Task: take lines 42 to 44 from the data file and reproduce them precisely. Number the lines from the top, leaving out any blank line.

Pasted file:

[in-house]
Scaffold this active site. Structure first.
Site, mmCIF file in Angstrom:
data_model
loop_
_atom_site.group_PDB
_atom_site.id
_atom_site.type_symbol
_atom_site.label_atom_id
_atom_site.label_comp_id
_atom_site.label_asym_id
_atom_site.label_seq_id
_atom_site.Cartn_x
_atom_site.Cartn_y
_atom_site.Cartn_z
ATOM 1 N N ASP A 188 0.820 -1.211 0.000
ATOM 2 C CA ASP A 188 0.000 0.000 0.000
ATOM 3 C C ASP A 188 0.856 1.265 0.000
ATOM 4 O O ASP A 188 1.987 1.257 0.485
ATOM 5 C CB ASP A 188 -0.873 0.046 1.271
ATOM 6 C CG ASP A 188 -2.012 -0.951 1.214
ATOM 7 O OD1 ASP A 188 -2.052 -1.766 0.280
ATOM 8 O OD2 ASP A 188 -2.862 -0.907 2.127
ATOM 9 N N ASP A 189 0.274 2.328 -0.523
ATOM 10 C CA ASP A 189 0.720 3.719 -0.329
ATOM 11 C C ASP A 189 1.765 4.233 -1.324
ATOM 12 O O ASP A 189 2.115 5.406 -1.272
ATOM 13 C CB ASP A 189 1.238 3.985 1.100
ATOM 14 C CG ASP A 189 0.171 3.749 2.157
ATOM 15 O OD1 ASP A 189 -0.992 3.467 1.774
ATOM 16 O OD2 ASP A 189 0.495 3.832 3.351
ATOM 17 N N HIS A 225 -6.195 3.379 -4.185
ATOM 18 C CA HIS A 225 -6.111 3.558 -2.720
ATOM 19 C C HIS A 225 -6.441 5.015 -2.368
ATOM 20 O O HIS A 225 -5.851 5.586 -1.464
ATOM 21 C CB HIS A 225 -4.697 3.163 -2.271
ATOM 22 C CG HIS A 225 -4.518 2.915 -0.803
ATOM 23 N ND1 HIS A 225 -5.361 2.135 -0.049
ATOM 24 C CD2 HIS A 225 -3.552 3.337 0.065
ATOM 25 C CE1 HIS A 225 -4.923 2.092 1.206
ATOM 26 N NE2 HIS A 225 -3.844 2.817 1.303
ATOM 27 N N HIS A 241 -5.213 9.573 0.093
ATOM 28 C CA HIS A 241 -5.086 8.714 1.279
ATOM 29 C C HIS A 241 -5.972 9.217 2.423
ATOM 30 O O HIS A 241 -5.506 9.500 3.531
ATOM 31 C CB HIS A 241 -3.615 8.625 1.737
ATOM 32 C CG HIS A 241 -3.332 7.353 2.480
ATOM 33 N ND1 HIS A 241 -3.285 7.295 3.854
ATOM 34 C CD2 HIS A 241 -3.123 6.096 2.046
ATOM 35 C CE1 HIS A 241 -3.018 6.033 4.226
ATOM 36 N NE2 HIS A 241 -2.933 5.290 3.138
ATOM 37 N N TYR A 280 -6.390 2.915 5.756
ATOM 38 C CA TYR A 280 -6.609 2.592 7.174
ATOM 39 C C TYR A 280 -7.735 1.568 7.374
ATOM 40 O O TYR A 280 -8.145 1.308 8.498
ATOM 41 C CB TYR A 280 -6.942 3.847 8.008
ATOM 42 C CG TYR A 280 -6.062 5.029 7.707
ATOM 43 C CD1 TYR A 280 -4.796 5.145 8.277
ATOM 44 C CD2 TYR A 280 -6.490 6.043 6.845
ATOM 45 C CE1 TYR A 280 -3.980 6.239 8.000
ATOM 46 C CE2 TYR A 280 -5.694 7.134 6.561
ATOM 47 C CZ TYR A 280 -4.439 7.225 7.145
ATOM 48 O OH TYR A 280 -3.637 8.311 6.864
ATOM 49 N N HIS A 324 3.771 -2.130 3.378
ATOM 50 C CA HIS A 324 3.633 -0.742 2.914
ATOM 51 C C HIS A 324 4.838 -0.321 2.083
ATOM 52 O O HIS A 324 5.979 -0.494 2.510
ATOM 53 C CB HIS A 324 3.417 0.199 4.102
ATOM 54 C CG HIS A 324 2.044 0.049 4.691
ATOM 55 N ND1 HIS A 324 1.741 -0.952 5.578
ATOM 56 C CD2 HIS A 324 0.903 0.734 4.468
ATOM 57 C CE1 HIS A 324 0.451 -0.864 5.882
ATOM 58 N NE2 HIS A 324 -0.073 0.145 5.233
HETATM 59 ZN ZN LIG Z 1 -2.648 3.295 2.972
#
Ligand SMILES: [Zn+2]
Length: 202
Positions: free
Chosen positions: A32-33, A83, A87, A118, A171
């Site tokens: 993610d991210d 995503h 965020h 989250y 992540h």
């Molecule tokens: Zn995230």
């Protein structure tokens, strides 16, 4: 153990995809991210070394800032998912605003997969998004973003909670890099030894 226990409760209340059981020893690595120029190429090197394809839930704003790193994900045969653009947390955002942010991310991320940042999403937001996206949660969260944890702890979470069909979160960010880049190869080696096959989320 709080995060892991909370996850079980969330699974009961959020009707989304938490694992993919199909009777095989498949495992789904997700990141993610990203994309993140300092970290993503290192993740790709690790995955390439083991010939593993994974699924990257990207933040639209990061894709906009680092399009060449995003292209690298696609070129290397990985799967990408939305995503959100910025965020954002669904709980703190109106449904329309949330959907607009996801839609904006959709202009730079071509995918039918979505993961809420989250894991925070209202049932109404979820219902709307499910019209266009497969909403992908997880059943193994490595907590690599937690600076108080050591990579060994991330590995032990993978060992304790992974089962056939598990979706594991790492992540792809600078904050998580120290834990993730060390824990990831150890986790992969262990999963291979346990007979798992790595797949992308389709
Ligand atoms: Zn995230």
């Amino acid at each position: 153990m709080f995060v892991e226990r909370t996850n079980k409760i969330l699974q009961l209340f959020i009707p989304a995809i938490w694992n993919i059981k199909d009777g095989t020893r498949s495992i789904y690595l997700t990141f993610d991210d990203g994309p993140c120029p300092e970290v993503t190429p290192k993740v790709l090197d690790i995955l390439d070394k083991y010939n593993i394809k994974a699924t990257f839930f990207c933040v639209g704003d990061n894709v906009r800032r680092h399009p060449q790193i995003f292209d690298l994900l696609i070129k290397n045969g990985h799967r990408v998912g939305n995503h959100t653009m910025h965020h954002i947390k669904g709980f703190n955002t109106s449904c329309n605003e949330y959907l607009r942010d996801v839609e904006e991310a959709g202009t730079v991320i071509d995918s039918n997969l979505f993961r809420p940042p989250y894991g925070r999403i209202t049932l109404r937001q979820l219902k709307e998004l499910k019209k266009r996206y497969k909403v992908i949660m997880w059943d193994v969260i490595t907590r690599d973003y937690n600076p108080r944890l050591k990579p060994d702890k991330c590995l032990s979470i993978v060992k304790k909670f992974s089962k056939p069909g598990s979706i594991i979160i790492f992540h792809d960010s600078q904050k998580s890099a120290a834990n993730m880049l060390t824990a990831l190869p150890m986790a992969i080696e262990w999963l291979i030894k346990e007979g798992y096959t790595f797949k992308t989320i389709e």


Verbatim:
ATOM 27 N N HIS A 241 -5.213 9.573 0.093
ATOM 28 C CA HIS A 241 -5.086 8.714 1.279
ATOM 29 C C HIS A 241 -5.972 9.217 2.423